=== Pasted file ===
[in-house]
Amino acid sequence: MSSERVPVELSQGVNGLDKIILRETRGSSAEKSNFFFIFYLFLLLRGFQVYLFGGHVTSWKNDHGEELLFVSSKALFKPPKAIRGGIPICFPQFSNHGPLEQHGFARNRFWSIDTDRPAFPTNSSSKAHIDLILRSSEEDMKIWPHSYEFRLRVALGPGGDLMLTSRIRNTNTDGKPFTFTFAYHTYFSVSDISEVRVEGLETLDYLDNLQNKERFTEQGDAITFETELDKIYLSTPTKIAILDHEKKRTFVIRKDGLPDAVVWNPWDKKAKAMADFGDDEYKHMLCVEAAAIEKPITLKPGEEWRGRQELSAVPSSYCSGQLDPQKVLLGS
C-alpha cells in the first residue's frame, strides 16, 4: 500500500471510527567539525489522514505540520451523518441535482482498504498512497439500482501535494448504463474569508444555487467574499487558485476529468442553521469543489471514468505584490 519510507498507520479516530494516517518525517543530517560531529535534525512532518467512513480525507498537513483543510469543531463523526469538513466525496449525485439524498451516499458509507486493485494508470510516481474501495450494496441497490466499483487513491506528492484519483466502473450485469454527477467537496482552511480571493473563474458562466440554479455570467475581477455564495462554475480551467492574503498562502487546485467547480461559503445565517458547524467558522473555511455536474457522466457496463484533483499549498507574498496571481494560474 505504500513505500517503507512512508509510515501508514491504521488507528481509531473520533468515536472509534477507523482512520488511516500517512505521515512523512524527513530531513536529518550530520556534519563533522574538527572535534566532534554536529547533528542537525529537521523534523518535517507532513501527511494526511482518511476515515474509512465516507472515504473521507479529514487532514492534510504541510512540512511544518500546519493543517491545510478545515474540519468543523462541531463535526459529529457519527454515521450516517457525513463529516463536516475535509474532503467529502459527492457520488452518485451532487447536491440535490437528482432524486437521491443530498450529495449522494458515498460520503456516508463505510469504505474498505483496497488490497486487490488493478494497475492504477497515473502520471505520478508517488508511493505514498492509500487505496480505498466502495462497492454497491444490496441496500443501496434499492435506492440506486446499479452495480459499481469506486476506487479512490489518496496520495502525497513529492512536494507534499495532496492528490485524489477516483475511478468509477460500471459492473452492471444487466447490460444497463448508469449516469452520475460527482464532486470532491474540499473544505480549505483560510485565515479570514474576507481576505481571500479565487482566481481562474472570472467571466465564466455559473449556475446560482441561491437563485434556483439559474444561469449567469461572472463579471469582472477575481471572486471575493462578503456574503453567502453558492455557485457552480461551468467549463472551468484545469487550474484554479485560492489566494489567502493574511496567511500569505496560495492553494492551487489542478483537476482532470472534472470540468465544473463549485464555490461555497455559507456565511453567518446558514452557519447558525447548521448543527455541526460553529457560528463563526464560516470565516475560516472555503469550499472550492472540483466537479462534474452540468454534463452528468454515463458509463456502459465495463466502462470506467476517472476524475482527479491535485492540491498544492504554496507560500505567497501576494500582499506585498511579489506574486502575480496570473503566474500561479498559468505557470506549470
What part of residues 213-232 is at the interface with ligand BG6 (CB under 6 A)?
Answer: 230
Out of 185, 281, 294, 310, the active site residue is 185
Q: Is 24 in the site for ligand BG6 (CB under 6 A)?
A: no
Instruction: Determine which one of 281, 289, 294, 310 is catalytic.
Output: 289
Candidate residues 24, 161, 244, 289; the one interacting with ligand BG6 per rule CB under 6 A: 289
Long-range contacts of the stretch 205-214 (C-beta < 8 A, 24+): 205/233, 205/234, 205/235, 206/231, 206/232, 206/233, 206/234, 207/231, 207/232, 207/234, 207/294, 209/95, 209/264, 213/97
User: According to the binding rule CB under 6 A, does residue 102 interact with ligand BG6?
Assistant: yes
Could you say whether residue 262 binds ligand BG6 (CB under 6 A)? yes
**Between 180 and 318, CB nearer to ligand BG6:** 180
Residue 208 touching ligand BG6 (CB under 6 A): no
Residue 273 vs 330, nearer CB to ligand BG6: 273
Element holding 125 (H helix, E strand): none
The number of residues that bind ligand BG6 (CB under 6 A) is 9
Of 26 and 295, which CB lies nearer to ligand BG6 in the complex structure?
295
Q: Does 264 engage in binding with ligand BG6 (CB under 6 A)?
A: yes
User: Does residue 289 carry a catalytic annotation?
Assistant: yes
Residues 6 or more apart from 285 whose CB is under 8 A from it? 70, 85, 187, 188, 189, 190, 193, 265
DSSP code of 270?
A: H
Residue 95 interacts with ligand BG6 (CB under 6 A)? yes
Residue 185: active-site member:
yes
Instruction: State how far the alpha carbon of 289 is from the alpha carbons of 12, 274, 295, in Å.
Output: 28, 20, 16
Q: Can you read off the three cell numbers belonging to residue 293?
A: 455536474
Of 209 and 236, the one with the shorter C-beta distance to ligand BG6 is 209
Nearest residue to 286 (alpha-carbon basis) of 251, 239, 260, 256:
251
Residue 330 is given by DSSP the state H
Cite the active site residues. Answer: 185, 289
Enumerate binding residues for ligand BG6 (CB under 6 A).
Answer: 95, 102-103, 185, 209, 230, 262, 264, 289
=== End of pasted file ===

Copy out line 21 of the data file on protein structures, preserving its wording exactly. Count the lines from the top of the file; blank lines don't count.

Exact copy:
Of 26 and 295, which CB lies nearer to ligand BG6 in the complex structure?